by Ray Keating
Commentary
DisneyBizJournal.com
July 30, 2018

So, I’ve been mulling over Disney’s recent firing of director James Gunn for inappropriate jokes he tweeted nearly a decade ago. While his tweets were dumb and insensitive – as Gunn acknowledged in an apology – they were from a long time ago, and seem to not reflect the judgment of Gunn today.

I was going to write up a piece on this today, but then I read two items that far more ably capture this matter and why Gunn should be rehired.

The first came from the always-sensible David French at National Review. He made some important points in a column titled The Difference Between James Gunn and Roseanne Barr, including some commonsense principles to follow on such matters:

  • “Make no mistake, the tweets are offensive, terrible, and gross. Gunn ‘jokes’ about rape and pedophilia, among other topics, but there’s no indication that he’s guilty of committing any unlawful acts, there’s no indication that he continues to ‘joke’ in the same manner, and by all accounts that I’ve read, he’s been a consummate professional while directing one of Marvel’s premiere film franchises. As anyone who reads me know, I err on the side of protecting individual expression and grow extremely tired of the online shame campaigns.”
  • “First, there is a difference between present and past speech. In other words, if I’m performing well and behaving professionally in my current job, then past offensive words shouldn’t be a firing offense.”
  • “Second, when evaluating present-day speech, there is a difference between good faith and bad faith. As I outlined recently in the Washington Post, there is a big difference between employees who dissent from corporate policies or politics respectfully and those who are intentionally vile and malicious.”
  • “Third, when in doubt, err on the side of protecting freedom of expression. Reasonable minds can differ on the offensiveness of any given tweet or post. Moreover, there is a difference between an impulsive mistake and a pattern of conduct. Read words charitably, if at all possible.”
  • “Fourth, apply these principles equally — regardless of ideology. ‘Free speech for me but not for thee’ results only in tribal warfare.”

Solid advice from Mr. French.

For good measure, on July 30, the cast of Guardians of the Galaxy signed and released a letter calling on Disney to rehire Gunn. Among their key points:

  • “We fully support James Gunn. We were all shocked by his abrupt firing last week and have intentionally waited these ten days to respond in order to think, pray, listen, and discuss. In that time, we’ve been encouraged by the outpouring of support from fans and members of the media who wish to see James reinstated as director of Volume 3 as well as discouraged by those so easily duped into believing the many outlandish conspiracy theories around him.”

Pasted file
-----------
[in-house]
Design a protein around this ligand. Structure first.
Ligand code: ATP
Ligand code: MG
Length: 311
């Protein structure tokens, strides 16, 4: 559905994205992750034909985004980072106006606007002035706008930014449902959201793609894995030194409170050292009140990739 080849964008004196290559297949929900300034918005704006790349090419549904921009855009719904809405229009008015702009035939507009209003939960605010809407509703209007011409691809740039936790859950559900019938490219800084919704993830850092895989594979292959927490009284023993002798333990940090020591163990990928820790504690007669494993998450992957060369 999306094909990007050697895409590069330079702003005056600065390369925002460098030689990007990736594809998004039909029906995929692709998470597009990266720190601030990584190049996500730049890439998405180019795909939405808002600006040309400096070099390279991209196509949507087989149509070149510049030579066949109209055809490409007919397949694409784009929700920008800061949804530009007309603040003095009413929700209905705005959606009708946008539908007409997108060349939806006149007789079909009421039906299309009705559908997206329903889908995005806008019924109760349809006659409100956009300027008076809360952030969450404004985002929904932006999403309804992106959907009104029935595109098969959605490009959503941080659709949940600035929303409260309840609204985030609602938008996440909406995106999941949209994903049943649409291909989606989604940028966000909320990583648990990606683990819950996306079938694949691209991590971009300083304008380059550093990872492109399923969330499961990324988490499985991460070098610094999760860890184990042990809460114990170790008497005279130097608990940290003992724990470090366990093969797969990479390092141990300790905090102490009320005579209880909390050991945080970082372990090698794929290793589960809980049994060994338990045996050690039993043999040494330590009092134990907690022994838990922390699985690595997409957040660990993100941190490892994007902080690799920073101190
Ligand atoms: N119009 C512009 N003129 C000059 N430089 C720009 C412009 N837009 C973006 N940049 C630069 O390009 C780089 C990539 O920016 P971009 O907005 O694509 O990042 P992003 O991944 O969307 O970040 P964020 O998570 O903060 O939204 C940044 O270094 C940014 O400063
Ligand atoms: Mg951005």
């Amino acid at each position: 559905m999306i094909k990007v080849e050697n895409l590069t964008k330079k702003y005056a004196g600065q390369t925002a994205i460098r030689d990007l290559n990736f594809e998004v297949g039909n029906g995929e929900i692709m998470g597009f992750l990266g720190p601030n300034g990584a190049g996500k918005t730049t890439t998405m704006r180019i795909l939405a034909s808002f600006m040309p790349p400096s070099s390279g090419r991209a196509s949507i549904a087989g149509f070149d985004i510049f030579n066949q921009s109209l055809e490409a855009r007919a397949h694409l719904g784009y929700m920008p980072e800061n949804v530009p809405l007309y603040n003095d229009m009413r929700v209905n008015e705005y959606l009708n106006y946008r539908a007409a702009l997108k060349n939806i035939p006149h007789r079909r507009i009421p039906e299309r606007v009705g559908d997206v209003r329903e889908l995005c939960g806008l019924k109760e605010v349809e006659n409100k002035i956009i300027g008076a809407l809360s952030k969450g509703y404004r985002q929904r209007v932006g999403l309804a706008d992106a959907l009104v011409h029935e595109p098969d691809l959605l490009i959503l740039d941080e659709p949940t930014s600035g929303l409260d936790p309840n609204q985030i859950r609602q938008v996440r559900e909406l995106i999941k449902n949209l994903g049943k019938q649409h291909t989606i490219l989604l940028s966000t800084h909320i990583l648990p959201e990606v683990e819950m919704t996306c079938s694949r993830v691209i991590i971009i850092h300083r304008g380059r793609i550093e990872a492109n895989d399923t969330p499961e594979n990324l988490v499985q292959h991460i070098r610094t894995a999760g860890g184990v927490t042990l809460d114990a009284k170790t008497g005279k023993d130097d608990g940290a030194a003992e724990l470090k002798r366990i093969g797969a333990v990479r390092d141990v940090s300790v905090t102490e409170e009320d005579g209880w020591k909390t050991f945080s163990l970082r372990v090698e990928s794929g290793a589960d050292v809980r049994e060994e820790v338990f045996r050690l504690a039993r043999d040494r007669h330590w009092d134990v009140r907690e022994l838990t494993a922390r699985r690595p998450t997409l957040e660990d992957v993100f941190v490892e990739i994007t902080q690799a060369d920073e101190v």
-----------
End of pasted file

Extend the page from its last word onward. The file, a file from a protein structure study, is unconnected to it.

• “We are not here to defend his jokes of many years ago but rather to share our experience having spent many years together on the set making Guardians of the Galaxy 1 and 2. The character he has shown in the wake of his firing is consistent with the man he was every day on set, and his apology, now and from years ago when first addressing these remarks, we believe is from the heart, a heart we all know, trust, and love. In casting each of us to help him tell the story of misfits who find redemption, he changed our lives forever. We believe the theme of redemption has never been more relevant than now.”
  • “There is little due process in the court of public opinion. James is likely not the last good person to be put on trial. Given the growing political divide in this country, it’s safe to say instances like this will continue, although we hope Americans from across the political spectrum can ease up on the character assassinations and stop weaponizing mob mentality.”

No need for me to add anything more to these spot-on declarations, except to reiterate that Disney should rehire Gunn for Guardians of the Galaxy 3, and at the risk of stating the obvious, free speech and redemption matter deeply to each one of us.

Ray Keating is the editor, publisher and economist for DisneyBizJournal.com, and author of the Pastor Stephen Grant novels, with the two latest books being Reagan Country: A Pastor Stephen Grant Novel and Heroes and Villains: A Pastor Stephen Grant Short Story. He can be contacted at raykeating@keatingreports.com.